I guess that’s what we get for being on the right side of the injury luck coin in Spring Training, huh? After making it through March almost completely unscathed, the Yankees have now lost 2 key players as a result of last weekend’s series in Toronto. On Friday night, it was Mark Teixeira straining his hamstring and heading to the 15-day DL. On Sunday night, David Robertson joined him when he strained his groin. The team officially announced his DL trip yesterday afternoon, creating more stir in an already very new and unsettled bullpen and giving the Yanks another early-season obstacle to overcome.
With Robertson unavailable for the next few weeks, Joe will go with Shawn Kelley as his closer. He was already working as D-Rob’s primary 8th inning setup man, so it’s the natural role progression when the closer goes down. The bigger issue now may be who fills Kelley’s spot in the 8th. There is more than one viable option out there, albeit none that are proven options. Joe gave a possible preview of things to come when he used Adam Warren in the 8th yesterday. Warren, 26 and in his second full Major League season, has gotten off to a very strong start this season after being sneaky good in Spring Training. Somebody from the trio of he, Phelps, and Nuno was going to have to make a transition to short relief to get regular work. His early results, the way he handled himself on the mound yesterday, and D-Rob’s temporary absence make Warren a prime candidate to make that transition.
When Warren entered yesterday’s game, the Yanks had just gone down 1-2-3 in the bottom of the 7th after giving up a run the half-inning before to trim their lead to 4-2. The top of the Baltimore lineup was coming up and if any baserunner got on it meant another AB for Chris Davis. Warren, possibly still a little fired up from entering the game, promptly walked leadoff man David Lough on 5 pitches to give Davis that AB. Rather than get rattled, Warren quickly settled down and retired Nick Markakis on 2 pitches before striking out Adam Jones and Davis in succession to end the inning. The rally was snuffed out, the 2-run cushion stayed intact, and the Yankees went on to win.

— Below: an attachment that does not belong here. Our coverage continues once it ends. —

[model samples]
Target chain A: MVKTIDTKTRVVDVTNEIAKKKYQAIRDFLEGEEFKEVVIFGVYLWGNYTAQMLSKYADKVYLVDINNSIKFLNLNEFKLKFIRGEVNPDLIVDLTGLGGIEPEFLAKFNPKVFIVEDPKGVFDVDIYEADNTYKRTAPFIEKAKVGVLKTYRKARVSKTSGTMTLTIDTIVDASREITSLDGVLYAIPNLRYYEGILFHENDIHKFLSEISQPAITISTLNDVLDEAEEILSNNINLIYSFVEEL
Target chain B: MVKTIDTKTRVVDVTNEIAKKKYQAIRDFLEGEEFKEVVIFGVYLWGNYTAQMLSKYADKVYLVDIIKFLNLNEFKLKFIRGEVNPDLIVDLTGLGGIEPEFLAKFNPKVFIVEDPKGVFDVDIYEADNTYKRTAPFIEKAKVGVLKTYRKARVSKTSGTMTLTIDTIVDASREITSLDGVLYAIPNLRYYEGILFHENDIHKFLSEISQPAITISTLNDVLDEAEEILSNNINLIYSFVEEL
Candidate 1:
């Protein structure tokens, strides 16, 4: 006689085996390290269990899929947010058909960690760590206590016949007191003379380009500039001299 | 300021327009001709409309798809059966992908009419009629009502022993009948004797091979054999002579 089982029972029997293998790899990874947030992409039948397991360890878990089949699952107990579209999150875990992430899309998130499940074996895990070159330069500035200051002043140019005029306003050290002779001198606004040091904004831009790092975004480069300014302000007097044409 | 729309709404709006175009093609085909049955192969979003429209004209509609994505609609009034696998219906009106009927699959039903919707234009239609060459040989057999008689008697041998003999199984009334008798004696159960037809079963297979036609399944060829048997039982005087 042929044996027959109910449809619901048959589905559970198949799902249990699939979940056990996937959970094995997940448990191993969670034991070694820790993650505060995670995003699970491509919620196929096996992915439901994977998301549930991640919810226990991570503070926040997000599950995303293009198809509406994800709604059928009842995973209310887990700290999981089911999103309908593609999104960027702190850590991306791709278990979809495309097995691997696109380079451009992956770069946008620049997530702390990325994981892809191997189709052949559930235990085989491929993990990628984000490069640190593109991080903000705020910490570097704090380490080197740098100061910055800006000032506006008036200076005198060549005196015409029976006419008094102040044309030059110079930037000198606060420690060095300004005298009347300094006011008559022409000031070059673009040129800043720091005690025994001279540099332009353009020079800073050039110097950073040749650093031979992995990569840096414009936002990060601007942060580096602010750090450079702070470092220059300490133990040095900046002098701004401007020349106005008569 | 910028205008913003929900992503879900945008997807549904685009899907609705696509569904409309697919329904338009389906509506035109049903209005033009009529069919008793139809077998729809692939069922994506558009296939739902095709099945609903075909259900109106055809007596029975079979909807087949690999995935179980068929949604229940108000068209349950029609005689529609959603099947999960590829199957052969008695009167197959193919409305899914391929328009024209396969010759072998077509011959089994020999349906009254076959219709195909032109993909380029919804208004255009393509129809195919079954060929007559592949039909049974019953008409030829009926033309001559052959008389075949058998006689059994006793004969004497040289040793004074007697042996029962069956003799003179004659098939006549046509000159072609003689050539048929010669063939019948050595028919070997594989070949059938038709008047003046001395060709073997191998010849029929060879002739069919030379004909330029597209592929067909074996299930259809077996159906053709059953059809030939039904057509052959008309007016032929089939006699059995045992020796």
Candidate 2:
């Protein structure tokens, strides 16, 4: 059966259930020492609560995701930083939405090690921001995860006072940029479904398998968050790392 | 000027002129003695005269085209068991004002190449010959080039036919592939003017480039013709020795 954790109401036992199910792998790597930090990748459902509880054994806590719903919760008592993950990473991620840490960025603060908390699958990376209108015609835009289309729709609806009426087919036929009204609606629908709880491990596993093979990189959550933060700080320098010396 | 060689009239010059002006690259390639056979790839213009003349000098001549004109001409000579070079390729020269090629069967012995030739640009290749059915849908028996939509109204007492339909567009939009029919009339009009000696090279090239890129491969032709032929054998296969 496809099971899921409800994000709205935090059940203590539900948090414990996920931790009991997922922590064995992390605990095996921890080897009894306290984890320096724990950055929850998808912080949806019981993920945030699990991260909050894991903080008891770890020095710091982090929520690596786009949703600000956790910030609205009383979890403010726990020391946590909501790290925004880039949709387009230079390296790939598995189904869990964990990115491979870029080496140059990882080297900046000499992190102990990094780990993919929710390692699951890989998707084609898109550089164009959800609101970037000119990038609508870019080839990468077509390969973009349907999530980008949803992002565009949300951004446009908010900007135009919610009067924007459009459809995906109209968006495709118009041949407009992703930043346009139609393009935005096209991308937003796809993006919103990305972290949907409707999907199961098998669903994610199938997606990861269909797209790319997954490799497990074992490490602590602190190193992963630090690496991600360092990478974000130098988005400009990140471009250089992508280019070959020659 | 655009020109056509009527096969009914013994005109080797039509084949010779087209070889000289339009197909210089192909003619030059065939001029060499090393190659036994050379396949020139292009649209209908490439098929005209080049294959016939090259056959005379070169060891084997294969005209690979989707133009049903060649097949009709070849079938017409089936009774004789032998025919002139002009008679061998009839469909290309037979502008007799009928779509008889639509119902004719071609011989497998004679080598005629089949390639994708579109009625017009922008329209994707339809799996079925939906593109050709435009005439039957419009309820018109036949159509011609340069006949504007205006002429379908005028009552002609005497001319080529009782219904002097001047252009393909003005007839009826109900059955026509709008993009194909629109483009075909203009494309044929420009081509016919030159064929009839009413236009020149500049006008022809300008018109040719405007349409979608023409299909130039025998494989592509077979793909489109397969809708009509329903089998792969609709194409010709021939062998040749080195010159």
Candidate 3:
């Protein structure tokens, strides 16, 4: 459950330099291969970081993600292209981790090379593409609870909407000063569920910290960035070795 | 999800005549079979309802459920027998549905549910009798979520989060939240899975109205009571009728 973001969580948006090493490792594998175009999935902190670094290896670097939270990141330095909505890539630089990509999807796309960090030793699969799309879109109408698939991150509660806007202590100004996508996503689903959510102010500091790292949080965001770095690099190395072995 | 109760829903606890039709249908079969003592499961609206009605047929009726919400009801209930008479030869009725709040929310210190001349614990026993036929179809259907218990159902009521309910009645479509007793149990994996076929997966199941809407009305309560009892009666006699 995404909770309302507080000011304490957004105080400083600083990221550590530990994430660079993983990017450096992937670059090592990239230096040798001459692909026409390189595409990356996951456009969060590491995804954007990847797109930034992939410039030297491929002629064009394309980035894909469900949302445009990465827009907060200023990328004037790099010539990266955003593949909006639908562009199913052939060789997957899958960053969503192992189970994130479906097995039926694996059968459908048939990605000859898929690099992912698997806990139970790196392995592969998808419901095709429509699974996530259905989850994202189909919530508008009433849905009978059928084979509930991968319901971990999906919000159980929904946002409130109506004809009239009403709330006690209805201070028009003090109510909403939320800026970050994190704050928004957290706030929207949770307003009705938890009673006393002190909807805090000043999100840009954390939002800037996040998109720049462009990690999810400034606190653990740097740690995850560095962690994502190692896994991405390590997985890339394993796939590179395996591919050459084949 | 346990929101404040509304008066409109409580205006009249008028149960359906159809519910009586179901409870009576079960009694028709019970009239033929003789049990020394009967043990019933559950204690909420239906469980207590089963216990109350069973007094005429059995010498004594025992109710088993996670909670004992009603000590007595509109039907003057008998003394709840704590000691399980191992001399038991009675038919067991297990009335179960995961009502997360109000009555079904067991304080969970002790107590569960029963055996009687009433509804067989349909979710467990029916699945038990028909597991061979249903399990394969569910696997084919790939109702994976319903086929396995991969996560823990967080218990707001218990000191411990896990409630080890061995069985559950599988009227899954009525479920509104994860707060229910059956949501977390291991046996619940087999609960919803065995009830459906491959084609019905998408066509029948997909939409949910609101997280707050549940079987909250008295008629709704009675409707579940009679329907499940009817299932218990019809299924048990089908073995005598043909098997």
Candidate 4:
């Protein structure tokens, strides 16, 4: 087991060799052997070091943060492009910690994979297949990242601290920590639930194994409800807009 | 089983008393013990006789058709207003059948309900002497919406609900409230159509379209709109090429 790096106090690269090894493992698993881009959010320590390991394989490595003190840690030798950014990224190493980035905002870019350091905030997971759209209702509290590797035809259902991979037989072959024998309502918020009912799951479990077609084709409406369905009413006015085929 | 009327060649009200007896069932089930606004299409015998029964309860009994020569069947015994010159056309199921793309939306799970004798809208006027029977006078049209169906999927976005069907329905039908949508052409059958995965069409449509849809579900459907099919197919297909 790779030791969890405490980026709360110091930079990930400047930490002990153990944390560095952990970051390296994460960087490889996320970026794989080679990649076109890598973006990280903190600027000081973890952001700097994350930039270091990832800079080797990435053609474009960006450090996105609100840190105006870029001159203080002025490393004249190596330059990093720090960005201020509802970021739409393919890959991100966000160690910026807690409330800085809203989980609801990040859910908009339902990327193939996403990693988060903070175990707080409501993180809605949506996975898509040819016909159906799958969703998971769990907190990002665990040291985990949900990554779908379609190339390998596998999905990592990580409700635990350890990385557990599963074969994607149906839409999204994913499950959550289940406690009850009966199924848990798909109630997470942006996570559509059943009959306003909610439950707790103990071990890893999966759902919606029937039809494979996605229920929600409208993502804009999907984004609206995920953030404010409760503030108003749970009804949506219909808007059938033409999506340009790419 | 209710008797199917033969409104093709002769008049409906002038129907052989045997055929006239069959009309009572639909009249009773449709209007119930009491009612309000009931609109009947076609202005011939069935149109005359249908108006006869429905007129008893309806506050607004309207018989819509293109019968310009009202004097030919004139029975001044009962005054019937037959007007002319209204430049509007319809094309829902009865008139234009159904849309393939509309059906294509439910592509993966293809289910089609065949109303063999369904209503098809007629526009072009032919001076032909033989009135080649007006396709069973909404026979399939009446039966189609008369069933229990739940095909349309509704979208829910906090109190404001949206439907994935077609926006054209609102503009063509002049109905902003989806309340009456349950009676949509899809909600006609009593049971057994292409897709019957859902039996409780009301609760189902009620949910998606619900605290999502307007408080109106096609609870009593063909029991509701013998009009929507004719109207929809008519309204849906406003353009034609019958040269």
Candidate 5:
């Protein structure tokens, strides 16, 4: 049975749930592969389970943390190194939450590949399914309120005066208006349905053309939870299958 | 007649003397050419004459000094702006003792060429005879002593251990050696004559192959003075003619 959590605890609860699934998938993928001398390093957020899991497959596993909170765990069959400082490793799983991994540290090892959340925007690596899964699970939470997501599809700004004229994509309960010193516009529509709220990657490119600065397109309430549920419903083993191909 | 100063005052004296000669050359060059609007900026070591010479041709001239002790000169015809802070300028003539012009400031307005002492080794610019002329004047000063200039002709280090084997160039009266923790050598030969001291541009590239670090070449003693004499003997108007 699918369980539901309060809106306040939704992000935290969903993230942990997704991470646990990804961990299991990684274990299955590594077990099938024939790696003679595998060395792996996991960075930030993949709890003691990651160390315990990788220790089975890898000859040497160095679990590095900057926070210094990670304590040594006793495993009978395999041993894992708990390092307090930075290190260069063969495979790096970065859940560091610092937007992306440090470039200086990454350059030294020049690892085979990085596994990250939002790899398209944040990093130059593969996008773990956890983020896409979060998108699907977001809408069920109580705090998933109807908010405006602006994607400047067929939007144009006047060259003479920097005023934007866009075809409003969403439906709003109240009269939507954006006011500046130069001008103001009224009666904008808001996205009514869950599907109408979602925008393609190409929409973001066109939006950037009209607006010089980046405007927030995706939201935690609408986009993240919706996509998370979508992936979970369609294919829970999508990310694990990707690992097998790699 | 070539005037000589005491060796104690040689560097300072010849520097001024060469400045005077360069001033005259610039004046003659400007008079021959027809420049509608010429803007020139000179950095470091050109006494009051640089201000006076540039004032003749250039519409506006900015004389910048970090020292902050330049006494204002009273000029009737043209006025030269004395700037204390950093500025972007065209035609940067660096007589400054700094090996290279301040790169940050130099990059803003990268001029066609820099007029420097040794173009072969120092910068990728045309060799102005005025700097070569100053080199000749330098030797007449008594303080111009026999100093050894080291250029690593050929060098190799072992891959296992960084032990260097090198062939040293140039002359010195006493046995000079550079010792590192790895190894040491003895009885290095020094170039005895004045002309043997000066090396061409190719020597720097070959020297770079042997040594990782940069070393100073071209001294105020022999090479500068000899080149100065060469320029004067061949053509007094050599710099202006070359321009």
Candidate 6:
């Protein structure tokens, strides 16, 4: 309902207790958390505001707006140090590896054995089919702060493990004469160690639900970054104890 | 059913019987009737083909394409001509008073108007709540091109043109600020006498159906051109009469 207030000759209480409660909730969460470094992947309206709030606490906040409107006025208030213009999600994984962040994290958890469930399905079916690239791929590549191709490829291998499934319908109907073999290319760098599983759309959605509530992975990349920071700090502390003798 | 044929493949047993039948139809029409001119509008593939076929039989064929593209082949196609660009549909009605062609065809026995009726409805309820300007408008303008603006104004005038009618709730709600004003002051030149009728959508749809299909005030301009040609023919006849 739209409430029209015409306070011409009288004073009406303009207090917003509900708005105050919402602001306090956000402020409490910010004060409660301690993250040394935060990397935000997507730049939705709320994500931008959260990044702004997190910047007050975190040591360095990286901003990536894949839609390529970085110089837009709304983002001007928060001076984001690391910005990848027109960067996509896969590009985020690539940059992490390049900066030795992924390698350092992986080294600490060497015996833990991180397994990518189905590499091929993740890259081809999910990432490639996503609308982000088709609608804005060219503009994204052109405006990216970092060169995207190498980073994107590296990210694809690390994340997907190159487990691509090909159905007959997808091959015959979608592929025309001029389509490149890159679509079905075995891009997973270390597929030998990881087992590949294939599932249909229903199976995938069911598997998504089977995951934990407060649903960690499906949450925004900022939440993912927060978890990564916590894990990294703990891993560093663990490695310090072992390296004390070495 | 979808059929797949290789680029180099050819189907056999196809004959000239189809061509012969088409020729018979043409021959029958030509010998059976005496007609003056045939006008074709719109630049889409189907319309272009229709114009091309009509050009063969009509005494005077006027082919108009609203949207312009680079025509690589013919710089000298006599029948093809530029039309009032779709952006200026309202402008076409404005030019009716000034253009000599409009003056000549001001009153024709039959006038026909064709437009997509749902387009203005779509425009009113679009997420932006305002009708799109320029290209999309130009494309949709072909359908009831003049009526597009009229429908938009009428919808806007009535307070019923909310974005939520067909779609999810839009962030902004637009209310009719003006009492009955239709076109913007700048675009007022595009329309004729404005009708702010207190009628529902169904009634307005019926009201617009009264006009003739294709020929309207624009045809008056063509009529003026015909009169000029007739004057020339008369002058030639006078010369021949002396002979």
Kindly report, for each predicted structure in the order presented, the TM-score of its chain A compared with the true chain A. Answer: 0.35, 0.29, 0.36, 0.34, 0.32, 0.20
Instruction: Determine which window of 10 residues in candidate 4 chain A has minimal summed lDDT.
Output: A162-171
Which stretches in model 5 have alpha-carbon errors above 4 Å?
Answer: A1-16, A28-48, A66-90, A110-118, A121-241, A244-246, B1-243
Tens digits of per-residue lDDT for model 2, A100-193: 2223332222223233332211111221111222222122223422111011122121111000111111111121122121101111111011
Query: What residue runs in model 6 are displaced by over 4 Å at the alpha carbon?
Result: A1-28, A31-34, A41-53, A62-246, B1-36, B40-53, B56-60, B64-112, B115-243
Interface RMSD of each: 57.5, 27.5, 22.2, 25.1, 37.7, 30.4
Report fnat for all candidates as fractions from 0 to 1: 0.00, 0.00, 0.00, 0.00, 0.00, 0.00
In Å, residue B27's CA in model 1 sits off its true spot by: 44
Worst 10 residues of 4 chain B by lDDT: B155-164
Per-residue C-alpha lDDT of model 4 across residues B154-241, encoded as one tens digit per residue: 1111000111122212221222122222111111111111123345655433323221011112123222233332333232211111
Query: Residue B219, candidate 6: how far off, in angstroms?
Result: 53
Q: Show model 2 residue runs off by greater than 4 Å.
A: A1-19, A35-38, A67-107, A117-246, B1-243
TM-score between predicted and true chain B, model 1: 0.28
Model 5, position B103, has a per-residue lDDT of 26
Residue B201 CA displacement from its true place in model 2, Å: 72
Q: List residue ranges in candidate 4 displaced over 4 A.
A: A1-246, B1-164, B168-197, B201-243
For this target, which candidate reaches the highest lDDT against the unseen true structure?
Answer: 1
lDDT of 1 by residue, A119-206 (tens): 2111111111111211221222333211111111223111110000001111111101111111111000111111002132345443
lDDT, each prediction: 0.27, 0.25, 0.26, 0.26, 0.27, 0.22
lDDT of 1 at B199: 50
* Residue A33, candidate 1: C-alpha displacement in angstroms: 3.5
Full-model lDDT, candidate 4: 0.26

More impressive than the results yesterday was how Warren got them. He came back from the leadoff walk to throw a 1st-pitch fastball strike to Markakis, then coaxed a weak flyball out of him on a next pitch changeup. He worked Jones in reverse, starting him off with 2 straight sliders for foul ball strikes and eventually blowing him away with a fastball he dialed up to 95. With Davis, he started him off with a changeup for a foul ball, a pair of fastballs for a ball and strike 2, and a called strike 3 slider. 3 hitters, 3 different first pitches and approaches, 3 outs. Arguably the best power hitter in the American League and one of the most feared bats in the game today and Warren had him guessing and guessing wrong with 2 strikes.
That outcome yesterday was a continuation of what Warren has been doing since ST games started. While he was never much of a true competitor for the 5th starter job, he more than held his own in the spring. In 5 games, Warren allowed 2 ER in 10.2 IP (1.69 ERA) and struck out 10. In 3 regular season appearances, he’s yet to allow a run or a hit. His only baserunner came on the walk to Lough and he’s struck out 4. Almost as if he anticipated he was going to end up in the ‘pen, Warren has changed his whole pitching attack. He’s gone from 4-seamer/cutter/curveball/slider to primarily 4-seamer/slider/changeup (74.4% of his pitches thrown thus far), and he’s ramped the average velocity on all his fastballs up from low 90s in 2012 to 93+ this season.
As with David Phelps and his early struggles, a handful of April appearances is not nearly enough to declare Warren the biggest and baddest dude on the bullpen block. He could get bombed his next time out and his SSS numbers won’t look nearly as sparkly as they do presently. But there’s a vacancy that’s been created in the setup role and it’s one that needs to be filled. Warren has pitched better than any other reliever out of the ‘pen, he’s apparently adjusted his approach to better fit a short relief role, and he’s shown the stones and the stuff to go out and get big outs. If he’s not the best option to step up and become a more important part of the Yankee ‘pen, who is?
(Photo courtesy of the AP)